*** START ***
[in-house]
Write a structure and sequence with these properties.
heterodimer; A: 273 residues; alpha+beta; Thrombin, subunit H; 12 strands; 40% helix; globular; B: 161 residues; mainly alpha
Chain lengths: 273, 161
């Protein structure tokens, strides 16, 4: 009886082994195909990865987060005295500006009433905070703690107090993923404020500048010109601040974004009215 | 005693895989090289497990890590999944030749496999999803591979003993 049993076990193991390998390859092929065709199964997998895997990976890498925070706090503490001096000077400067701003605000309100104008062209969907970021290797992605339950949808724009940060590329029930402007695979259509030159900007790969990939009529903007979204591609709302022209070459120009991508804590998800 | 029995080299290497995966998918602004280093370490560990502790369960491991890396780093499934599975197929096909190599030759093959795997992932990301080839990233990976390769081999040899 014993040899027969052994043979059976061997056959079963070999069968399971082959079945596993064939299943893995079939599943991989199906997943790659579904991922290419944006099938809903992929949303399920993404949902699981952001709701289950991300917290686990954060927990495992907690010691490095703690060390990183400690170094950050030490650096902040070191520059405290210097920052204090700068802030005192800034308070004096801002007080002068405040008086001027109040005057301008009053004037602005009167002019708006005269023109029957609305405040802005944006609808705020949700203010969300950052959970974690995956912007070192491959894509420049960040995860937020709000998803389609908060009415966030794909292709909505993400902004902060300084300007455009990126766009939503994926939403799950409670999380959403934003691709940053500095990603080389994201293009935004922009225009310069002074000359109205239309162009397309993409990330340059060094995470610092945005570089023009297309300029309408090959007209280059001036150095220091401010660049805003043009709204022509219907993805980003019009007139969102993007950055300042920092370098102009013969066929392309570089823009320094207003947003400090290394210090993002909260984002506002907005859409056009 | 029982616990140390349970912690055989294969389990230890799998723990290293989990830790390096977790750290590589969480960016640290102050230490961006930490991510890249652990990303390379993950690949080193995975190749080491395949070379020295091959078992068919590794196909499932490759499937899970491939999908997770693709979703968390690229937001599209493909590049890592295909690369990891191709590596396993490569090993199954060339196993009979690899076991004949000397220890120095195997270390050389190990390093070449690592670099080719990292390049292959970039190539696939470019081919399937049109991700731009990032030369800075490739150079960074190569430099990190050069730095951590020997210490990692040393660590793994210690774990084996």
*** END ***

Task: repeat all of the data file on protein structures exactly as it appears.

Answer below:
[in-house]
Write a structure and sequence with these properties.
heterodimer; A: 273 residues; alpha+beta; Thrombin, subunit H; 12 strands; 40% helix; globular; B: 161 residues; mainly alpha
Chain lengths: 273, 161
């Protein structure tokens, strides 16, 4: 009886082994195909990865987060005295500006009433905070703690107090993923404020500048010109601040974004009215 | 005693895989090289497990890590999944030749496999999803591979003993 049993076990193991390998390859092929065709199964997998895997990976890498925070706090503490001096000077400067701003605000309100104008062209969907970021290797992605339950949808724009940060590329029930402007695979259509030159900007790969990939009529903007979204591609709302022209070459120009991508804590998800 | 029995080299290497995966998918602004280093370490560990502790369960491991890396780093499934599975197929096909190599030759093959795997992932990301080839990233990976390769081999040899 014993040899027969052994043979059976061997056959079963070999069968399971082959079945596993064939299943893995079939599943991989199906997943790659579904991922290419944006099938809903992929949303399920993404949902699981952001709701289950991300917290686990954060927990495992907690010691490095703690060390990183400690170094950050030490650096902040070191520059405290210097920052204090700068802030005192800034308070004096801002007080002068405040008086001027109040005057301008009053004037602005009167002019708006005269023109029957609305405040802005944006609808705020949700203010969300950052959970974690995956912007070192491959894509420049960040995860937020709000998803389609908060009415966030794909292709909505993400902004902060300084300007455009990126766009939503994926939403799950409670999380959403934003691709940053500095990603080389994201293009935004922009225009310069002074000359109205239309162009397309993409990330340059060094995470610092945005570089023009297309300029309408090959007209280059001036150095220091401010660049805003043009709204022509219907993805980003019009007139969102993007950055300042920092370098102009013969066929392309570089823009320094207003947003400090290394210090993002909260984002506002907005859409056009 | 029982616990140390349970912690055989294969389990230890799998723990290293989990830790390096977790750290590589969480960016640290102050230490961006930490991510890249652990990303390379993950690949080193995975190749080491395949070379020295091959078992068919590794196909499932490759499937899970491939999908997770693709979703968390690229937001599209493909590049890592295909690369990891191709590596396993490569090993199954060339196993009979690899076991004949000397220890120095195997270390050389190990390093070449690592670099080719990292390049292959970039190539696939470019081919399937049109991700731009990032030369800075490739150079960074190569430099990190050069730095951590020997210490990692040393660590793994210690774990084996």